is projection of r onto the attribute set which is the symmetric difference of the x and y. Any other set join operation here would suffice. Next,

(y^R00) v r

is the projection of r onto y. Then, the final "exactly one" set join is comparing the result with the original relation. Here is a couple of examples illustrating this idea:

r=[p q r]

0 a 0

0 a 1

1 c 0

1 c 1

2 a 0

;Here FD(r,[p],[q]) is valid, but FD(r,[q],[p]) is not. Consider the first case:

x = [p];

y = [q];Then,

(R00 ^ (y /1 x)) v r = [p q]

0 a

1 c

2 a

;is the projection of r onto [p q]. Next:

(y^R00) v r = [q]

a

c

;((R00 ^ (y /1 x)) v r) /1 ((y^R00) v r) = [p]

0

1

2

;The partial lattice order (which by abuse of notation I denoted by irreflexive symbol) there holds.

On the other hand, take

x = [q];

y = [p];(R00 ^ (y /1 x)) v r = [p q]

0 a

1 c

2 a

;(y^R00) v r = [p]

0

1

2

;((R00 ^ (y /1 x)) v r) /1 ((y^R00) v r) = [q]

c

;The partial order there fails, as expected.

P.S. I should have made a proper exposition of these ideas in a paper, but my axiomatization for the /1 operation is not complete yet.

For example, in a Boolean (actually, Heyting) algebra the implication is the right adjoint to meet (p 15-16) In an ordered ring, the division is adjoint to multiplication.

I have made some progress in that field since out last exchange. In database theory *relational division* (AKA *set join*) is adjoined to natural join. What kind of relational division? There are several versions, which are closely related to the concept of *generalized quantifiers* in logic. Set join partitions input relations into disjoint sets of tuples, and partitioning is exactly what is needed to express functional dependency.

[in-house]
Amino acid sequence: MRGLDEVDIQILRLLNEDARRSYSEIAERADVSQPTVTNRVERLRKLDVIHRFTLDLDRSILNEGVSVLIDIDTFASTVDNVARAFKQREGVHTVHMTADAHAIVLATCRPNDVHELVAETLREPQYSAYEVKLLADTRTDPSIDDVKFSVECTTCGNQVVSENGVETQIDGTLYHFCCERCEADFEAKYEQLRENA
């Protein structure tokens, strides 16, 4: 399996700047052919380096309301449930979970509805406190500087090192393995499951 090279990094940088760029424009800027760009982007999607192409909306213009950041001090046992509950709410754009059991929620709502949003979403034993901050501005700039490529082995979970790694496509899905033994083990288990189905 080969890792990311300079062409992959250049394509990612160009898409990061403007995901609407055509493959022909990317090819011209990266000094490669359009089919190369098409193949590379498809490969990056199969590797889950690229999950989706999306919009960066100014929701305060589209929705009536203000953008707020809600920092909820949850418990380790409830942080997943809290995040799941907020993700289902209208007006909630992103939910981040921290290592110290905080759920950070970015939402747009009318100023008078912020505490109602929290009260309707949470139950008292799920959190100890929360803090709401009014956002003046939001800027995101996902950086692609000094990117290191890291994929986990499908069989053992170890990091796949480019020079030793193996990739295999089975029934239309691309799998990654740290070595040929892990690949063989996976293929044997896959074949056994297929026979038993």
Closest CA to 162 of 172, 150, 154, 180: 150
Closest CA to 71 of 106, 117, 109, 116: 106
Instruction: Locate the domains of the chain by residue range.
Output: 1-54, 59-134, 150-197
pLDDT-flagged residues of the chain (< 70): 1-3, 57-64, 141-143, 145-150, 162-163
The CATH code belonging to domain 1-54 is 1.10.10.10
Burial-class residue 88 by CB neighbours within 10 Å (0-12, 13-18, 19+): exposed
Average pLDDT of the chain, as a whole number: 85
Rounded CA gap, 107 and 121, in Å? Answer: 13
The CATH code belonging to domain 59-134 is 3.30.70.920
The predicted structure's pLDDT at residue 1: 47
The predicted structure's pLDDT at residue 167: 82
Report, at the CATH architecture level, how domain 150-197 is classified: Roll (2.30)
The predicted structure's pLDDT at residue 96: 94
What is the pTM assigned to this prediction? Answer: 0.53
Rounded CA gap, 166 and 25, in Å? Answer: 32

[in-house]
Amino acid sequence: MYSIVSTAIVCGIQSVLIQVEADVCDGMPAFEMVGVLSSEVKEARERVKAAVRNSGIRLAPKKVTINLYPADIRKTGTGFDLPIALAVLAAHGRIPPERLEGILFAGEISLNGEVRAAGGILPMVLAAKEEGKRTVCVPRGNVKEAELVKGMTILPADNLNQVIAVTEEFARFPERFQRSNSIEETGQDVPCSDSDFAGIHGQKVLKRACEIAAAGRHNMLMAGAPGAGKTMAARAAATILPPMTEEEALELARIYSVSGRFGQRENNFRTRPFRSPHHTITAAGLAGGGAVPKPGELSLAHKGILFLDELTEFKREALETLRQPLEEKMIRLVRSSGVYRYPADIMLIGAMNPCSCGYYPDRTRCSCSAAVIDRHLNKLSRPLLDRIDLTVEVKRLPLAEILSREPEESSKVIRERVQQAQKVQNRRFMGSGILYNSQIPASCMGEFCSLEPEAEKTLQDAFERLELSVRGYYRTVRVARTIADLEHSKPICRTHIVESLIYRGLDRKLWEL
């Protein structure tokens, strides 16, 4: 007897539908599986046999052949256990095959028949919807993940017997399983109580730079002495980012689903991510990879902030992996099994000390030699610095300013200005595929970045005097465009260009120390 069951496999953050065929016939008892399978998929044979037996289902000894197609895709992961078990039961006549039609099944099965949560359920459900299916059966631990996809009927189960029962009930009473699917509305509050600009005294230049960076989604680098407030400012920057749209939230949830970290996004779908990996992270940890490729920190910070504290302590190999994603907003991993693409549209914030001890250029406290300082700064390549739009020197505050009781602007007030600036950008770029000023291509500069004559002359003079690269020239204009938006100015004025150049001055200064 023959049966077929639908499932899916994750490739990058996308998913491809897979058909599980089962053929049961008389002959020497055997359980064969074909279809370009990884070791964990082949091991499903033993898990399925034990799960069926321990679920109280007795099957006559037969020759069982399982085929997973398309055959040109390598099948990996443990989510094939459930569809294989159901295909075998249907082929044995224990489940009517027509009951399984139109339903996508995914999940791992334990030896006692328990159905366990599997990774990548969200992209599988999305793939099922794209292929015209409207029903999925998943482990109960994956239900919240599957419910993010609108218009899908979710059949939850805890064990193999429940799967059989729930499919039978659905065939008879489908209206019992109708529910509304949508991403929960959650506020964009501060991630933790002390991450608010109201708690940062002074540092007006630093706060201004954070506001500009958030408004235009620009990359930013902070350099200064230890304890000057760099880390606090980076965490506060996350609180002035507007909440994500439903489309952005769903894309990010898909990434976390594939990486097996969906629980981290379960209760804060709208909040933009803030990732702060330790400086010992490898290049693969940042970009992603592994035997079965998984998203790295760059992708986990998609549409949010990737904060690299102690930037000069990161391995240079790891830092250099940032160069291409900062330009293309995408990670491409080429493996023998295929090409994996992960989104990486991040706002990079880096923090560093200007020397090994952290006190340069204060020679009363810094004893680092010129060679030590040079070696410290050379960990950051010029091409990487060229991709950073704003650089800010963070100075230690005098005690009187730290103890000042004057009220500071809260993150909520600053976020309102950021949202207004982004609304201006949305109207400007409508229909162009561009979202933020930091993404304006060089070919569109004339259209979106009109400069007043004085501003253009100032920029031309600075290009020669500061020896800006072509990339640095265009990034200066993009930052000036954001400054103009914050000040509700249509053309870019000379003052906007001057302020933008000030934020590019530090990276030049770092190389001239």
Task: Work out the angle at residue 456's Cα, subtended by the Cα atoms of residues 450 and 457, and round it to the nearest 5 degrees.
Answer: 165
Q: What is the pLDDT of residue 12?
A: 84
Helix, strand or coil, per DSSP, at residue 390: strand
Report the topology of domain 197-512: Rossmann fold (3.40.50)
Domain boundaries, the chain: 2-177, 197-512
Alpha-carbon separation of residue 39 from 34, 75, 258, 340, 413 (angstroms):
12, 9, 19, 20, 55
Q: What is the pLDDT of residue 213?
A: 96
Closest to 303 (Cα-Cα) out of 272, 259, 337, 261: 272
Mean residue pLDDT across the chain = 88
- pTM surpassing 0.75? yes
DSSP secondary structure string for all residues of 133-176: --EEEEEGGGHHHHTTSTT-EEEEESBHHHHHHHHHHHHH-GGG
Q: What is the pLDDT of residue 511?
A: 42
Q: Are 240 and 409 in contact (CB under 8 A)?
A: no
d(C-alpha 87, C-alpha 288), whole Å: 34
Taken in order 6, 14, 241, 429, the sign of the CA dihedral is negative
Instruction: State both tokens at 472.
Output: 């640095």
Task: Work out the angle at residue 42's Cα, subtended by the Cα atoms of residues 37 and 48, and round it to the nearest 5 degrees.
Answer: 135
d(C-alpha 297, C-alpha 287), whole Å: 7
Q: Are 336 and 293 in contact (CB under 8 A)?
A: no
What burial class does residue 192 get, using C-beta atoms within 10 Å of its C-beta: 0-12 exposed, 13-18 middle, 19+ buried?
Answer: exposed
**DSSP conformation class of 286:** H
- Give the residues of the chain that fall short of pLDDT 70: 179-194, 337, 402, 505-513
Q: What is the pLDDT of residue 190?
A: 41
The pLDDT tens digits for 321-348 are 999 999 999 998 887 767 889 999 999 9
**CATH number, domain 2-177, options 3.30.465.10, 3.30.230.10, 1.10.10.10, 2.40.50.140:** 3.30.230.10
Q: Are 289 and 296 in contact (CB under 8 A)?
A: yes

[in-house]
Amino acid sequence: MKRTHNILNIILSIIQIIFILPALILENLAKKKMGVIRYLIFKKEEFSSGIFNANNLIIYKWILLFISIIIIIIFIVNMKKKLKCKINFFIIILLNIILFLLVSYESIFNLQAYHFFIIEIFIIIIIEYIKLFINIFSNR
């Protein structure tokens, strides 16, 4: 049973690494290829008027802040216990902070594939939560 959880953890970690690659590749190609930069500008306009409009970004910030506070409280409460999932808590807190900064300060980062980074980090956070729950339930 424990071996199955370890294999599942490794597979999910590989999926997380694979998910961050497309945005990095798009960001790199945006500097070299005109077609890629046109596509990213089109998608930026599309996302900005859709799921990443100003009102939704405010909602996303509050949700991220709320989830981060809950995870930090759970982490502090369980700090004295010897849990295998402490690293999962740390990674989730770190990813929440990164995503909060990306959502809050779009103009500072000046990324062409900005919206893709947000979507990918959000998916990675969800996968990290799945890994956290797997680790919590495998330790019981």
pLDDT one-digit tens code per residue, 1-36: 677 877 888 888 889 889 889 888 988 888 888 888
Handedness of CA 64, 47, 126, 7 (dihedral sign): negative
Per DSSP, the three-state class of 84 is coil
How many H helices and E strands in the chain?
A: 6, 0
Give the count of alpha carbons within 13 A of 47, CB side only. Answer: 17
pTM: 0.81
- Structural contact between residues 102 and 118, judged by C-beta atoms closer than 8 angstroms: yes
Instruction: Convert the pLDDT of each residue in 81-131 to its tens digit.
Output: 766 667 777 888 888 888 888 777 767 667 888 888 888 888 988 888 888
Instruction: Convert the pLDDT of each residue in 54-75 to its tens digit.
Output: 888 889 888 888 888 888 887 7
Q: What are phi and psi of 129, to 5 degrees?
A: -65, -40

From the set join perspective to express functional dependency we need either "*no more than one*", or "*exactly one*" quantifier. And here is the formal algebraic definition:

r < ((R00 ^ (y /1 x)) v r) /1 ((y^R00) v r) <-> FD(r,x,y).

I have found it via computerized expression search in QBQL, but on afterthought its validity is obvious. The expression

(R00 ^ (y /1 x)) v r

is projection of r onto the attribute set which is the symmetric difference of the x and y. Any other set join operation here would suffice. Next,

(y^R00) v r

is the projection of r onto y. Then, the final "exactly one" set join is comparing the result with the original relation. Here is a couple of examples illustrating this idea:

r=[p q r]

0 a 0

0 a 1

1 c 0

1 c 1

2 a 0

;

Here FD(r,[p],[q]) is valid, but FD(r,[q],[p]) is not. Consider the first case:

x = [p];

y = [q];

Then,

(R00 ^ (y /1 x)) v r = [p q]

0 a

1 c

2 a

;

is the projection of r onto [p q]. Next:

(y^R00) v r = [q]

a

c

;

((R00 ^ (y /1 x)) v r) /1 ((y^R00) v r) = [p]

0

1

2

;

The partial lattice order (which by abuse of notation I denoted by irreflexive symbol) there holds.

On the other hand, take

x = [q];

y = [p];

(R00 ^ (y /1 x)) v r = [p q]

0 a

1 c

2 a

;

(y^R00) v r = [p]

0

1

2

;

((R00 ^ (y /1 x)) v r) /1 ((y^R00) v r) = [q]

c

;

The partial order there fails, as expected.

P.S. I should have made a proper exposition of these ideas in a paper, but my axiomatization for the /1 operation is not complete yet.